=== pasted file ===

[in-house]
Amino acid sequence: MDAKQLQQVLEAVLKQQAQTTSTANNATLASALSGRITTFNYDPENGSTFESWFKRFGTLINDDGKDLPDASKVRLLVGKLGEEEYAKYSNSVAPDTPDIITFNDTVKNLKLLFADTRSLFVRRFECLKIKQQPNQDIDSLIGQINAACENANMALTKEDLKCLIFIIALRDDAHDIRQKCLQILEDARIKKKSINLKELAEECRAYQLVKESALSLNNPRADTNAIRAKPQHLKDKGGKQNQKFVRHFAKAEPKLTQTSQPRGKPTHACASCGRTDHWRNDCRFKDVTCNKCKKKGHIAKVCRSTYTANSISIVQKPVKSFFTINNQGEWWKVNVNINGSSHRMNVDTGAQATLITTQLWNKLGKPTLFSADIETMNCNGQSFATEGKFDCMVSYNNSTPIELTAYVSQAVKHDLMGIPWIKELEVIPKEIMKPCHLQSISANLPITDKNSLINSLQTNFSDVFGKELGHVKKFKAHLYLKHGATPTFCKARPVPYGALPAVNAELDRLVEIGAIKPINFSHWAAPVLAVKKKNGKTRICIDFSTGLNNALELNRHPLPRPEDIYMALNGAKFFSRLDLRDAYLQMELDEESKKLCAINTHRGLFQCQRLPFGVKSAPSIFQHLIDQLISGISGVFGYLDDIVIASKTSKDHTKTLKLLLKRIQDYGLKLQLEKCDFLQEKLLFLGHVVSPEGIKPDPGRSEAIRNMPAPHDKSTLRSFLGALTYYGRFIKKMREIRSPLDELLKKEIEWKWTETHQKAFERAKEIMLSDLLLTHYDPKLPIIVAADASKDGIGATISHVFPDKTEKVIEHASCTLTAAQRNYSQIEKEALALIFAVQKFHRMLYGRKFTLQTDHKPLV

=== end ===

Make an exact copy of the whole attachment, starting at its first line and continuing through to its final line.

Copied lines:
[in-house]
Amino acid sequence: MDAKQLQQVLEAVLKQQAQTTSTANNATLASALSGRITTFNYDPENGSTFESWFKRFGTLINDDGKDLPDASKVRLLVGKLGEEEYAKYSNSVAPDTPDIITFNDTVKNLKLLFADTRSLFVRRFECLKIKQQPNQDIDSLIGQINAACENANMALTKEDLKCLIFIIALRDDAHDIRQKCLQILEDARIKKKSINLKELAEECRAYQLVKESALSLNNPRADTNAIRAKPQHLKDKGGKQNQKFVRHFAKAEPKLTQTSQPRGKPTHACASCGRTDHWRNDCRFKDVTCNKCKKKGHIAKVCRSTYTANSISIVQKPVKSFFTINNQGEWWKVNVNINGSSHRMNVDTGAQATLITTQLWNKLGKPTLFSADIETMNCNGQSFATEGKFDCMVSYNNSTPIELTAYVSQAVKHDLMGIPWIKELEVIPKEIMKPCHLQSISANLPITDKNSLINSLQTNFSDVFGKELGHVKKFKAHLYLKHGATPTFCKARPVPYGALPAVNAELDRLVEIGAIKPINFSHWAAPVLAVKKKNGKTRICIDFSTGLNNALELNRHPLPRPEDIYMALNGAKFFSRLDLRDAYLQMELDEESKKLCAINTHRGLFQCQRLPFGVKSAPSIFQHLIDQLISGISGVFGYLDDIVIASKTSKDHTKTLKLLLKRIQDYGLKLQLEKCDFLQEKLLFLGHVVSPEGIKPDPGRSEAIRNMPAPHDKSTLRSFLGALTYYGRFIKKMREIRSPLDELLKKEIEWKWTETHQKAFERAKEIMLSDLLLTHYDPKLPIIVAADASKDGIGATISHVFPDKTEKVIEHASCTLTAAQRNYSQIEKEALALIFAVQKFHRMLYGRKFTLQTDHKPLV